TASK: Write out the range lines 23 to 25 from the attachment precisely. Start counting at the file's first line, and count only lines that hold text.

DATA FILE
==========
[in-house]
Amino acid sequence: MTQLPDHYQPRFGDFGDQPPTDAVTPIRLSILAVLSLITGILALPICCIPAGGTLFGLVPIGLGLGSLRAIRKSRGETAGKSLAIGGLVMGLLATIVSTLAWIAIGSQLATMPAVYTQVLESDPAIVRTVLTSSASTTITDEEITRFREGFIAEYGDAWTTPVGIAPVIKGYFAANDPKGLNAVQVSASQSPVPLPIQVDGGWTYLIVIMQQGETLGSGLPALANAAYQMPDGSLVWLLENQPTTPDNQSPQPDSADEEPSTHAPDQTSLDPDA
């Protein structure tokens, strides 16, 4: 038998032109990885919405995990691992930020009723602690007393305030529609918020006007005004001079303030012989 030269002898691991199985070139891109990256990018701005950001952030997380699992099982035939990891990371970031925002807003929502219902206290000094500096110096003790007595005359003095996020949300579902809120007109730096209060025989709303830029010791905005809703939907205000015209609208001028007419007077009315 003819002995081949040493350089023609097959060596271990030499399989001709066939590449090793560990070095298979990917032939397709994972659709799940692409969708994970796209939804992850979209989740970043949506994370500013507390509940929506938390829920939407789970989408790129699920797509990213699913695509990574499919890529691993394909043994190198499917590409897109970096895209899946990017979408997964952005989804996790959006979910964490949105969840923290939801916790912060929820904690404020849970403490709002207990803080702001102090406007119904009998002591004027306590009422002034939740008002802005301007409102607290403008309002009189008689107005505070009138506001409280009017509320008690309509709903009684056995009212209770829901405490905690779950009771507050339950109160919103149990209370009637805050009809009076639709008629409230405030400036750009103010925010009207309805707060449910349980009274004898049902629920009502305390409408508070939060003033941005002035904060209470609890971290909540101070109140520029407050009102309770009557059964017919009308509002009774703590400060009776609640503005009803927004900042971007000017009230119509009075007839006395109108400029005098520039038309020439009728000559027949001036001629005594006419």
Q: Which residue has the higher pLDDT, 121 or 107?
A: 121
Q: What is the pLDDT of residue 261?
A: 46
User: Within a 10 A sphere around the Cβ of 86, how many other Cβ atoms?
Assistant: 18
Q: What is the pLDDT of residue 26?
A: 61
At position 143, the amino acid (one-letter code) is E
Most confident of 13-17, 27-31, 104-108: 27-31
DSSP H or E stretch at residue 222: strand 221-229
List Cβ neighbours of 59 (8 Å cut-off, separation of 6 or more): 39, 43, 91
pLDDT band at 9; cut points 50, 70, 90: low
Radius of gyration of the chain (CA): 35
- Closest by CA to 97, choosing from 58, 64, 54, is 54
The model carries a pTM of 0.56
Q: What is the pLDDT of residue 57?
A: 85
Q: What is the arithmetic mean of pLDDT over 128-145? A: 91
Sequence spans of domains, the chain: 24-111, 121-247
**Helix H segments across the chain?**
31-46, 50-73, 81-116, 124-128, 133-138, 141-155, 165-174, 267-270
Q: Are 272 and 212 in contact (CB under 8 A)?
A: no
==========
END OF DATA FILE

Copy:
Sequence spans of domains, the chain: 24-111, 121-247
**Helix H segments across the chain?**
31-46, 50-73, 81-116, 124-128, 133-138, 141-155, 165-174, 267-270